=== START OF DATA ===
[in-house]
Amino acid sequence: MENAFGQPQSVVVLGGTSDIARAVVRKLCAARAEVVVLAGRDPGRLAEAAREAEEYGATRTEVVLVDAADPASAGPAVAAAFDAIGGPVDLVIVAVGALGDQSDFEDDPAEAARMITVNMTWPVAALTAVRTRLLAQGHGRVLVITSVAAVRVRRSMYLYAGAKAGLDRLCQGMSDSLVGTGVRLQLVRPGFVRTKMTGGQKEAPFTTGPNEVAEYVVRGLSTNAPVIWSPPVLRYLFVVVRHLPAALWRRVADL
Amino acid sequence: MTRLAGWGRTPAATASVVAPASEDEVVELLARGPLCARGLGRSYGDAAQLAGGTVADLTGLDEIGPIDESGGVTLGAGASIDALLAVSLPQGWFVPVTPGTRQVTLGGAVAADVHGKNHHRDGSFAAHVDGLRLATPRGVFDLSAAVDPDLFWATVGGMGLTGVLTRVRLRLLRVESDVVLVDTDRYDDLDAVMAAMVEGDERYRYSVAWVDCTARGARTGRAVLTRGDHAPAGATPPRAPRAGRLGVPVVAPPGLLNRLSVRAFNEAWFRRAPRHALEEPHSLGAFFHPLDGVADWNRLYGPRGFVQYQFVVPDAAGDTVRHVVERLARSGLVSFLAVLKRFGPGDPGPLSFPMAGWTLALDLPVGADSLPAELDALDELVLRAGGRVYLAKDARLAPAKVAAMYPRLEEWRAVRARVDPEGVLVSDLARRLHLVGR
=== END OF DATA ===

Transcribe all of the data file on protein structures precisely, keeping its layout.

[in-house]
Amino acid sequence: MENAFGQPQSVVVLGGTSDIARAVVRKLCAARAEVVVLAGRDPGRLAEAAREAEEYGATRTEVVLVDAADPASAGPAVAAAFDAIGGPVDLVIVAVGALGDQSDFEDDPAEAARMITVNMTWPVAALTAVRTRLLAQGHGRVLVITSVAAVRVRRSMYLYAGAKAGLDRLCQGMSDSLVGTGVRLQLVRPGFVRTKMTGGQKEAPFTTGPNEVAEYVVRGLSTNAPVIWSPPVLRYLFVVVRHLPAALWRRVADL
Amino acid sequence: MTRLAGWGRTPAATASVVAPASEDEVVELLARGPLCARGLGRSYGDAAQLAGGTVADLTGLDEIGPIDESGGVTLGAGASIDALLAVSLPQGWFVPVTPGTRQVTLGGAVAADVHGKNHHRDGSFAAHVDGLRLATPRGVFDLSAAVDPDLFWATVGGMGLTGVLTRVRLRLLRVESDVVLVDTDRYDDLDAVMAAMVEGDERYRYSVAWVDCTARGARTGRAVLTRGDHAPAGATPPRAPRAGRLGVPVVAPPGLLNRLSVRAFNEAWFRRAPRHALEEPHSLGAFFHPLDGVADWNRLYGPRGFVQYQFVVPDAAGDTVRHVVERLARSGLVSFLAVLKRFGPGDPGPLSFPMAGWTLALDLPVGADSLPAELDALDELVLRAGGRVYLAKDARLAPAKVAAMYPRLEEWRAVRARVDPEGVLVSDLARRLHLVGR